Vegas, Quebec City make expansion pitches to NHL

TAGs: Bill Foley, Brian Mulroney, gary bettman, Las Vegas, National Hockey League, NHL, Pierre Dion, quebec, Quebecor

Vegas, Quebec City make expansion pitches to NHLThe NHL expansion process has reached its final and most crucial phase, in which hopefuls met face to face with the league’s executive committee to make their respective pitches.

Hours before the board of governors meeting in New York, Quebec City, represented by Quebecor president & CEO Pierre Dion and vice chairman Brian Mulroney, and Las Vegas, led by investor Bill Foley, made detailed presentations to NHL’s executive committee, which comprised of NHL executives and several team owners. The pitches boiled down to the specifics of each group’s business plans, from how they will pay the expected $500m expansion fee to the ways they’ll manage and exploit possible revenue streams.

Foley, in his presentation, pointed the fact that Las Vegas has secured almost 14,000 deposits on season tickets; it has a $375 million, state-of-the-art arena that is on target to be completed by mid-April and will seat 17,500 for hockey; and the city’s economy is healthy and ready to support the NHL.

Las Vegas has been shunned by major league sports in the past because of the pervasive presence of gambling in the city and concerns about the local economy, a transient population and an extremely competitive market for the entertainment dollar.

“We got asked a lot of really good questions, we had answers for all the questions,” Foley said. “It was a complete presentation. We talked about our commitment to Las Vegas in terms of the fact that I’m a resident there and living there, arena background, economics of the team, ticket drive, 13,500 tickets. So we feel it went well.”

Foley added that the members seemed impressed with the response from the fans with their season-ticket commitments as well as the progress on the arena, which is being built by MGM Resorts International and the Anschutz Entertainment Group. AEG owns the Los Angeles Kings and will run the arena in Las Vegas. Foley already has negotiated a lease to play in the building.

Quebec City faces entirely different issues being the Canadian dollar as the big obstacle. For starters, the $500m expansion fee balloons to more than CAD671 million at today’s exchange rate. And if a team eventually is placed in the city, there’s a chance that the exchange rate could have a crippling effect on its ability to pay salaries, which are due to players in American funds.

Mulroney said the lower value of the Canadian dollar will not affect Quebecor’s bid, adding that the group has done everything in their power to bring back an NHL team to Quebec City and the decision is now in the hands of the league.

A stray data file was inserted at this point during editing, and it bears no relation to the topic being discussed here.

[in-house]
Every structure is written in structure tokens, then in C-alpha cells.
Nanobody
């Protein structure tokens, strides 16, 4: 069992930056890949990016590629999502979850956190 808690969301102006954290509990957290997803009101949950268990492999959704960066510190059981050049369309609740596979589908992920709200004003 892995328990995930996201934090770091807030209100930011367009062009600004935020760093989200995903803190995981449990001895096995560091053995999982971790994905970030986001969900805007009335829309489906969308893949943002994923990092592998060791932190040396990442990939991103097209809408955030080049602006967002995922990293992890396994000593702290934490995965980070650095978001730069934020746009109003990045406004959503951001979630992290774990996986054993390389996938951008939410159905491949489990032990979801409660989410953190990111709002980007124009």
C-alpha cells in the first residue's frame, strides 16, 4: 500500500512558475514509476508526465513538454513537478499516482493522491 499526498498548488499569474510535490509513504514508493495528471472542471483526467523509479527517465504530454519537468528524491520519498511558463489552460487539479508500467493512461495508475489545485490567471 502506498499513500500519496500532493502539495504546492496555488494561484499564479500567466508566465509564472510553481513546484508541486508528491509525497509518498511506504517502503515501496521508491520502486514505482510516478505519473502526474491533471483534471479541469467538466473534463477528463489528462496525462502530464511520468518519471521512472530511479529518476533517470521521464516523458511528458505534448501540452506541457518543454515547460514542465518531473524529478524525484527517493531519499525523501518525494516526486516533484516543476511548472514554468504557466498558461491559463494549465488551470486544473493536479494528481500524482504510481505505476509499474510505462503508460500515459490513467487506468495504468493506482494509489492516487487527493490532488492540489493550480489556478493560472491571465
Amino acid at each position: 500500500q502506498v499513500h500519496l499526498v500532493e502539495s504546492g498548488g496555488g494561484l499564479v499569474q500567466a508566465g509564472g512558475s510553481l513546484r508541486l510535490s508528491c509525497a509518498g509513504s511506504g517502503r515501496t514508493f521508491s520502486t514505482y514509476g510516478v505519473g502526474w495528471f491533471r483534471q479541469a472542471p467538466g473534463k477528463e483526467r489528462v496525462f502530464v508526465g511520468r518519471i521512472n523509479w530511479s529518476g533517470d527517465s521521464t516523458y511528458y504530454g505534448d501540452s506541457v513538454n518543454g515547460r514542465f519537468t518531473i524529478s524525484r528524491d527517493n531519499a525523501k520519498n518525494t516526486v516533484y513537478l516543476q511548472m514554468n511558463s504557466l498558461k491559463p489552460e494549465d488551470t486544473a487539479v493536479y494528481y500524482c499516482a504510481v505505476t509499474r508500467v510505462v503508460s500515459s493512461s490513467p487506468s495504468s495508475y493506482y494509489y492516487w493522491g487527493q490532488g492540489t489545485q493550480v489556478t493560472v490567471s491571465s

Quebecor, as part of presentation, has brought a copy of the exhibition game at Centre Videotron between Montreal and Pittsburgh.

“They were very impressed with the videos we put forward, including [Monday] night’s game,” Mulroney said. “They saw the excitement and the beauty of the [arena].”

NHL Commissioner Gary Bettman said that NHL continues to explore the possibility of expansion but no firm timetable has been set for the process.

“We are in the process of gathering information. There have been no deliberations as to whether or not we want to expand, how many teams, or where. There’s much work to be done,” said Bettman. “The process will lead us in many directions, raise lots of questions that have to be answered, and at the end of the process, whenever that is, the Board will be in a position to consider, to deliberate and to make a judgment.”

Many have characterized the league’s interest in expansion as a cash grab but the money is absolutely part of the equation. The hefty buy-in is one reason why, the NHL formally opened the expansion process last June, with only two groups came to the table with completed applications. And the NHL wanted to weed out the tire-kickers by creating a narrow window for application and demanding to see the color of the applicants’ green right away, in the form of a $10m application fee, $2m of which was non-refundable.

Bettman said expansion requires a three-quarters affirmative vote from the Board of Governors, but the members of the executive committee would first have to make a recommendation to the group. The Board of Governors meets again Dec. 7-8 in California.


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